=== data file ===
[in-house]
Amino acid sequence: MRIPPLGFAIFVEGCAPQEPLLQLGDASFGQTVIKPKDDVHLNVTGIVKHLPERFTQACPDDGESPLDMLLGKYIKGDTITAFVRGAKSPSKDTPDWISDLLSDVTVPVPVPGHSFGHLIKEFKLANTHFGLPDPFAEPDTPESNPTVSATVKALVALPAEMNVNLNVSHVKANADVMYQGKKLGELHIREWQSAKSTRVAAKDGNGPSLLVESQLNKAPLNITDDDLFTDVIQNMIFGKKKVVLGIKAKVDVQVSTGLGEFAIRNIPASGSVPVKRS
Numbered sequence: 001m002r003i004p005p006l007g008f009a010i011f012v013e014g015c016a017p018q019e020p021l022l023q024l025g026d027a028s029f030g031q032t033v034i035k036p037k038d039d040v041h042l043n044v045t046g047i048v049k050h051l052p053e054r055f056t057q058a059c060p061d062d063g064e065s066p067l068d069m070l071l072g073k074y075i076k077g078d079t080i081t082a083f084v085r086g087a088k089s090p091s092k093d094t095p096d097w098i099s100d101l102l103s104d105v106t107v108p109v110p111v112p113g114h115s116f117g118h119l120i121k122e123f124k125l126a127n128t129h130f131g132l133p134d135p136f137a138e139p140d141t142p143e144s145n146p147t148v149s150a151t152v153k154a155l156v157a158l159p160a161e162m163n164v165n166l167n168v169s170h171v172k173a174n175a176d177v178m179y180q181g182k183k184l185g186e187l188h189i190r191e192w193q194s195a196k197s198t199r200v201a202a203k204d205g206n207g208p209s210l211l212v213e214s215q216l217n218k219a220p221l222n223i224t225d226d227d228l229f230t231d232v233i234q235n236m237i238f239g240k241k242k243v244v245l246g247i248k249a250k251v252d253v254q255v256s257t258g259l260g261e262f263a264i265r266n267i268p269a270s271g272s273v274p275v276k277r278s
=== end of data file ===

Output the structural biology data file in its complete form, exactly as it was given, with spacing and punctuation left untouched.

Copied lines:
[in-house]
Amino acid sequence: MRIPPLGFAIFVEGCAPQEPLLQLGDASFGQTVIKPKDDVHLNVTGIVKHLPERFTQACPDDGESPLDMLLGKYIKGDTITAFVRGAKSPSKDTPDWISDLLSDVTVPVPVPGHSFGHLIKEFKLANTHFGLPDPFAEPDTPESNPTVSATVKALVALPAEMNVNLNVSHVKANADVMYQGKKLGELHIREWQSAKSTRVAAKDGNGPSLLVESQLNKAPLNITDDDLFTDVIQNMIFGKKKVVLGIKAKVDVQVSTGLGEFAIRNIPASGSVPVKRS
Numbered sequence: 001m002r003i004p005p006l007g008f009a010i011f012v013e014g015c016a017p018q019e020p021l022l023q024l025g026d027a028s029f030g031q032t033v034i035k036p037k038d039d040v041h042l043n044v045t046g047i048v049k050h051l052p053e054r055f056t057q058a059c060p061d062d063g064e065s066p067l068d069m070l071l072g073k074y075i076k077g078d079t080i081t082a083f084v085r086g087a088k089s090p091s092k093d094t095p096d097w098i099s100d101l102l103s104d105v106t107v108p109v110p111v112p113g114h115s116f117g118h119l120i121k122e123f124k125l126a127n128t129h130f131g132l133p134d135p136f137a138e139p140d141t142p143e144s145n146p147t148v149s150a151t152v153k154a155l156v157a158l159p160a161e162m163n164v165n166l167n168v169s170h171v172k173a174n175a176d177v178m179y180q181g182k183k184l185g186e187l188h189i190r191e192w193q194s195a196k197s198t199r200v201a202a203k204d205g206n207g208p209s210l211l212v213e214s215q216l217n218k219a220p221l222n223i224t225d226d227d228l229f230t231d232v233i234q235n236m237i238f239g240k241k242k243v244v245l246g247i248k249a250k251v252d253v254q255v256s257t258g259l260g261e262f263a264i265r266n267i268p269a270s271g272s273v274p275v276k277r278s